Much worse was to come for Evatt. When he debated the Petrov Royal Commission’s report in the House of Representatives, Evatt said that he had written to the Foreign Minister of the Soviet Union, Viacheslav Molotov, to ascertain whether certain Russian-language documents in Petrov’s possession were genuine or forgeries, and Molotov replied that they were forgeries—‘[f]abricated on the instructions of persons interested in the deterioration of the Soviet–Australian relations and discrediting their political opponents’. Evatt declared: ‘I attach great importance to this letter.’ The members of Caucus could hardly believe this astounding misjudgment by Evatt of relying on the word of the Soviet Foreign Minister. I was in the house that night reporting his speech and, when Evatt made this assertion, the faces of those sitting behind him spoke volumes of the disaster that had overtaken the Opposition and the Labor leader.
In the early hours of 21 November 1954, on the adjournment debate, an extraordinary event occurred in the house. It illustrated the depth of the split in the ALP. Labor MPs from Victoria, who were later to form the Democratic Labor Party (DLP), were still sitting on the opposition benches. The drama involved Victorian Jack Mullens, a fierce anti-communist, a brilliant speaker and Labor veteran, and frontbencher Reg Pollard, a minister in the Curtin and Chifley Governments. On the stroke of midnight, Mullens rose to deliver a withering attack on Australian journalists Wilfred Burchett and Frank Hardy. Hardy was later to write the classic Power Without Glory, about the infamous John Wren, who built a fortune on an illegal ‘tote’ in Melbourne by bribing the police and politicians. The following edited extract from Hansard illustrates the depth of bitterness engendered by the split:
Mr. Mullens (Gellibrand) (12 midnight): At question time today I endeavoured to direct attention to the activities of two Australian ‘Haw Haws’ who, in my view, are traitors to our people and to the policies that we should uphold. I refer to Wilfred Burchett, who is correspondent in Korea for the Melbourne Guardian and ostensibly correspondent for the Paris newspaper Le Soir. He exceeds the bounds of liberty in his radio propaganda in which he directs his shafts persistently and tenaciously, but I hope ineffectively, against our Australian boys and our American allies who are fighting in Korea. The second man to whom I refer is the famous, or infamous, Frank J. Hardy, who is now stationed in Moscow. He is a salacious slanderer and smear merchant who is now in an environment that befits him. He is the Moscow correspondent of The New Times. I shall give some typical examples of the propaganda that is disseminated by these gentlemen. Burchett has written in a despatch from Korea—‘If the people of the world strongly enough demand it, U.S. war-mongers can be forced to agree to an armistice…The war-mongers’ dream of an easy victory in Korea have [sic] been finally shattered.’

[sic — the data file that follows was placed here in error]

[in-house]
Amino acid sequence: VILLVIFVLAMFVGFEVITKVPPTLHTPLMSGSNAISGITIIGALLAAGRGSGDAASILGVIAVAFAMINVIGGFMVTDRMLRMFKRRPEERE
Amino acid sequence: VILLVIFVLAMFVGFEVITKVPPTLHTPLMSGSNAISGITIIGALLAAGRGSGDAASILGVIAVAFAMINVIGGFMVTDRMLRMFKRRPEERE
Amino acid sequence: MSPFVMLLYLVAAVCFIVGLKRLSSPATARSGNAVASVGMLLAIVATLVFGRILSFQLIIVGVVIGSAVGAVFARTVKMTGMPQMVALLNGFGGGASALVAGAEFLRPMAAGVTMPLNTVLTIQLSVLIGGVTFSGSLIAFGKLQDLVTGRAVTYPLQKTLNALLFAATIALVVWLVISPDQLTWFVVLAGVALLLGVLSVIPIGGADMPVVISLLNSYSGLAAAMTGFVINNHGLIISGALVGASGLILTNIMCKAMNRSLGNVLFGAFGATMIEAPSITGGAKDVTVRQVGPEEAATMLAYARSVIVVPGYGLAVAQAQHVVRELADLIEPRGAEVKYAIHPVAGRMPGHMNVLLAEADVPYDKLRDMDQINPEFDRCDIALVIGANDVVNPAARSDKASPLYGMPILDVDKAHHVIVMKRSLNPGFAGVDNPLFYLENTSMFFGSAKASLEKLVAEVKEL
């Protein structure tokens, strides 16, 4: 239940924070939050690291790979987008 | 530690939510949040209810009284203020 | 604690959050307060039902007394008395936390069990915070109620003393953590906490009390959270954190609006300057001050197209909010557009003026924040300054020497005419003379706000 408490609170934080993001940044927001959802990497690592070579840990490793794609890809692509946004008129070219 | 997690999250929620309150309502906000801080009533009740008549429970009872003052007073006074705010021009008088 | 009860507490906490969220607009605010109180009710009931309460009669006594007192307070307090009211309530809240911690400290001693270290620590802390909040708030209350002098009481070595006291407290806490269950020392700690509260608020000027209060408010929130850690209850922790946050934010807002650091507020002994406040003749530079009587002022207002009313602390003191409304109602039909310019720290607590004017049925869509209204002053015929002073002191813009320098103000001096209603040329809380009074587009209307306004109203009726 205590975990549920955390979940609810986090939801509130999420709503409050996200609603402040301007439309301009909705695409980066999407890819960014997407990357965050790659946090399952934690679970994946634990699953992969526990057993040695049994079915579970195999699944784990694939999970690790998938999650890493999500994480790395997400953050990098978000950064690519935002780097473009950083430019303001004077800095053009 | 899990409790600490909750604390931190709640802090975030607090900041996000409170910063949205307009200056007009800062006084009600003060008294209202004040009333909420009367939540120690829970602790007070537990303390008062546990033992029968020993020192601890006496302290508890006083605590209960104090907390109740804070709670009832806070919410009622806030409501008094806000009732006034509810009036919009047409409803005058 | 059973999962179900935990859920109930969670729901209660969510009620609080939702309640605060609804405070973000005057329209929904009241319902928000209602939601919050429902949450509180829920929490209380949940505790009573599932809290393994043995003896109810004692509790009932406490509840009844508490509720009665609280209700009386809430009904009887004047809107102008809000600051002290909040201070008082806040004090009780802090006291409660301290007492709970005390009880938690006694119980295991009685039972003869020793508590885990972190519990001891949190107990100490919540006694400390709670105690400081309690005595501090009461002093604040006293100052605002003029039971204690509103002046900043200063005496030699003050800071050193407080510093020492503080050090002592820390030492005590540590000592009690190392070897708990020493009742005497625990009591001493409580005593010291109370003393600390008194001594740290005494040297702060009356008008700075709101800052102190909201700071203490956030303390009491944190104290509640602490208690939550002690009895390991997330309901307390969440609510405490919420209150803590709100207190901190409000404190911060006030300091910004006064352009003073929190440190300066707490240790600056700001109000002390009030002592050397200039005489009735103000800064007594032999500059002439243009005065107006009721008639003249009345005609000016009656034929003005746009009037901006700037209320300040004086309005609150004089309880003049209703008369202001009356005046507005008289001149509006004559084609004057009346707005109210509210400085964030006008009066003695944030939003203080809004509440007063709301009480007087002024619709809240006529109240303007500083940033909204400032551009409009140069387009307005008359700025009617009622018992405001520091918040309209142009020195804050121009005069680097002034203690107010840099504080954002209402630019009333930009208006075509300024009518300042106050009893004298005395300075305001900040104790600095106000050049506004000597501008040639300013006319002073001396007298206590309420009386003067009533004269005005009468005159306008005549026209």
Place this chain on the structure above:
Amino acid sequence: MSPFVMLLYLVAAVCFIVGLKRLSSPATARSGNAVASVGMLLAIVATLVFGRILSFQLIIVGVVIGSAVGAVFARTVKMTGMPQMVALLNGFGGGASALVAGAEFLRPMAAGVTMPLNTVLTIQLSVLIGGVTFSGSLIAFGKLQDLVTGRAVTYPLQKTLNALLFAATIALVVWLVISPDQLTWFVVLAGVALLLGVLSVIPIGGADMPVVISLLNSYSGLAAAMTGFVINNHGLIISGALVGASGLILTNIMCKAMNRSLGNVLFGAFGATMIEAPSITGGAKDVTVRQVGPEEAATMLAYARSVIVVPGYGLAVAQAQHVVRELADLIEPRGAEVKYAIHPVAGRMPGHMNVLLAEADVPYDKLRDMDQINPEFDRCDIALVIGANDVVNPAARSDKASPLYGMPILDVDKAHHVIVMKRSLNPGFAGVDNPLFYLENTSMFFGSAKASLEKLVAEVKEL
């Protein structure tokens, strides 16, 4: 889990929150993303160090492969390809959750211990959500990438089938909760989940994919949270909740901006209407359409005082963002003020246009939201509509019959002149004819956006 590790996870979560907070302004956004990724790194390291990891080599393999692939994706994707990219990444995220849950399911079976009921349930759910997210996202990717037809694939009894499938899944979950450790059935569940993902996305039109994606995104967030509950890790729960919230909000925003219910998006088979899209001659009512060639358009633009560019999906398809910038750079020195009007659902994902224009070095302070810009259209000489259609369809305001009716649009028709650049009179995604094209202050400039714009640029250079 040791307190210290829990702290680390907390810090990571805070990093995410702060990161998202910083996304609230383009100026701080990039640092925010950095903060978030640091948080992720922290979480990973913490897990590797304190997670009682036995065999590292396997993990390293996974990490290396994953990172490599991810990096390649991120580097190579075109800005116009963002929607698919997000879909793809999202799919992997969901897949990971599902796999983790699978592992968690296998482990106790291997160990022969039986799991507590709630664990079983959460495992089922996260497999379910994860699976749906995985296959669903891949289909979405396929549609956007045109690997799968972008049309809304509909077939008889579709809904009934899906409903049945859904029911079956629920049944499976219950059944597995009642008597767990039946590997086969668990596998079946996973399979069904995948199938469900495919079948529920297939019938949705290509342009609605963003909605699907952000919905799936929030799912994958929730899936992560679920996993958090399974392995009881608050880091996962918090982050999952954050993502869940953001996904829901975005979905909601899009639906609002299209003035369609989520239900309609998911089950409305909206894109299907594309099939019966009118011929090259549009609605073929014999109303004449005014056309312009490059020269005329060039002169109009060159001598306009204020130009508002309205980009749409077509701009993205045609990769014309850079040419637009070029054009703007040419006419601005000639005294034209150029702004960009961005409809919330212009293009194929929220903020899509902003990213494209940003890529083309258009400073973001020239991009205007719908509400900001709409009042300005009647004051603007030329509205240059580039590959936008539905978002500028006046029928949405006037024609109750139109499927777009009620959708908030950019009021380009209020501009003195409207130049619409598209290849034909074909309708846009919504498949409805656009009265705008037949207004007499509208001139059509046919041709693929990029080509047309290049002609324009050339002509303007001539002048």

Hardy contributed the following passage to The New Times:
‘Before the beginning of this century, our people were fighting the dead hand of British Imperialism. Just when victory seemed to be within their grasp along came decadent, bloodthirsty American Imperialism.’
And later, Mullens said: